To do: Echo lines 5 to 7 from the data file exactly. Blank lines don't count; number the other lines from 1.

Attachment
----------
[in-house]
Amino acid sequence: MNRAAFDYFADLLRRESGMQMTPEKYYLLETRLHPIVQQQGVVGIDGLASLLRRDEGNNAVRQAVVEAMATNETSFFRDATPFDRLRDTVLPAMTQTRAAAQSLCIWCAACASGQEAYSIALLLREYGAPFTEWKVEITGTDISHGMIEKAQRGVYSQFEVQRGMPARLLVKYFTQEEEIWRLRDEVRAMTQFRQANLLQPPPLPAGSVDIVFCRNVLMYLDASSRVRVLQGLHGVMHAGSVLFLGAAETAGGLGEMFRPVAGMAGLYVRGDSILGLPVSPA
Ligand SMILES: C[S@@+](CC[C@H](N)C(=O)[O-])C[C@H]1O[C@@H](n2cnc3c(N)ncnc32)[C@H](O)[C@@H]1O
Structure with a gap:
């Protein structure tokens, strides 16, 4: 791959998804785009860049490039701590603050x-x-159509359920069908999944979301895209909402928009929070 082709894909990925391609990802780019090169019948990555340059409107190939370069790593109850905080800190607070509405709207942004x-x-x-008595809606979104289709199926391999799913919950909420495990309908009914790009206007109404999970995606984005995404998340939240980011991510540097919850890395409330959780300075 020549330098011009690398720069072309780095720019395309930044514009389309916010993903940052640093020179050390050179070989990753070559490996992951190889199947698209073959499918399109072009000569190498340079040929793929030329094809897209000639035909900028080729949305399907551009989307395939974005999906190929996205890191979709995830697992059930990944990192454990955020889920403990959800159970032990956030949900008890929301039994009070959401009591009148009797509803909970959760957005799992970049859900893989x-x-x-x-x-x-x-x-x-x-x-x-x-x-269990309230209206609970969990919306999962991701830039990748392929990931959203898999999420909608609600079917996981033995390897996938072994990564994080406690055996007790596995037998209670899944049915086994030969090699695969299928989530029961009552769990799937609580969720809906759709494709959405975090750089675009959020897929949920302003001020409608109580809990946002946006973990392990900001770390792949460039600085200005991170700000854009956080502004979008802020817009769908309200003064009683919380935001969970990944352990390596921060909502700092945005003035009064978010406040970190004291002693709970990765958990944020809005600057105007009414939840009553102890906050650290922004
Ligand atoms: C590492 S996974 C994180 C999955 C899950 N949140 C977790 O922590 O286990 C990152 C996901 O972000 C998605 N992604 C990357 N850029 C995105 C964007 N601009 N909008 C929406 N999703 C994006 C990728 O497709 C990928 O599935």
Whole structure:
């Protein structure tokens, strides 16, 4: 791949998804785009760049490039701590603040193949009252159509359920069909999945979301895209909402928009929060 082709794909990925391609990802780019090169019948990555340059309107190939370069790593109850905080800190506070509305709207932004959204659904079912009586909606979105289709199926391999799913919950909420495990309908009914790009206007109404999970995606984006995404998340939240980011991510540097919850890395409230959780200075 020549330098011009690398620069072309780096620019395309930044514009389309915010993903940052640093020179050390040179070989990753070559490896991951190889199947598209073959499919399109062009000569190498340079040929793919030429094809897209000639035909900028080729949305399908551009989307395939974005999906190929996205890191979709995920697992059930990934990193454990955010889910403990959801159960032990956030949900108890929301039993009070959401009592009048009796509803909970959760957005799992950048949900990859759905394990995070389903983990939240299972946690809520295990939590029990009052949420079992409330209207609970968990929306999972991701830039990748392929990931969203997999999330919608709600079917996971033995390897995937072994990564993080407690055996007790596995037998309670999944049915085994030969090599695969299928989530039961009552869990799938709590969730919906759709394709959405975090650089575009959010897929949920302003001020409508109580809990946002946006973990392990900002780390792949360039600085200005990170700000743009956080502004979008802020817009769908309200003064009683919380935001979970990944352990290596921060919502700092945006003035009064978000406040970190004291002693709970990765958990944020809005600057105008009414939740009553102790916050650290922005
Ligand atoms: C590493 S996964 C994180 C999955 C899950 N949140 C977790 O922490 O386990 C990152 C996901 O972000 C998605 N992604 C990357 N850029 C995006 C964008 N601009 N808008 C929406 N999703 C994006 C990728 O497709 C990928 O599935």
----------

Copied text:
């Protein structure tokens, strides 16, 4: 791959998804785009860049490039701590603050x-x-159509359920069908999944979301895209909402928009929070 082709894909990925391609990802780019090169019948990555340059409107190939370069790593109850905080800190607070509405709207942004x-x-x-008595809606979104289709199926391999799913919950909420495990309908009914790009206007109404999970995606984005995404998340939240980011991510540097919850890395409330959780300075 020549330098011009690398720069072309780095720019395309930044514009389309916010993903940052640093020179050390050179070989990753070559490996992951190889199947698209073959499918399109072009000569190498340079040929793929030329094809897209000639035909900028080729949305399907551009989307395939974005999906190929996205890191979709995830697992059930990944990192454990955020889920403990959800159970032990956030949900008890929301039994009070959401009591009148009797509803909970959760957005799992970049859900893989x-x-x-x-x-x-x-x-x-x-x-x-x-x-269990309230209206609970969990919306999962991701830039990748392929990931959203898999999420909608609600079917996981033995390897996938072994990564994080406690055996007790596995037998209670899944049915086994030969090699695969299928989530029961009552769990799937609580969720809906759709494709959405975090750089675009959020897929949920302003001020409608109580809990946002946006973990392990900001770390792949460039600085200005991170700000854009956080502004979008802020817009769908309200003064009683919380935001969970990944352990390596921060909502700092945005003035009064978010406040970190004291002693709970990765958990944020809005600057105007009414939840009553102890906050650290922004
Ligand atoms: C590492 S996974 C994180 C999955 C899950 N949140 C977790 O922590 O286990 C990152 C996901 O972000 C998605 N992604 C990357 N850029 C995105 C964007 N601009 N909008 C929406 N999703 C994006 C990728 O497709 C990928 O599935």
Whole structure: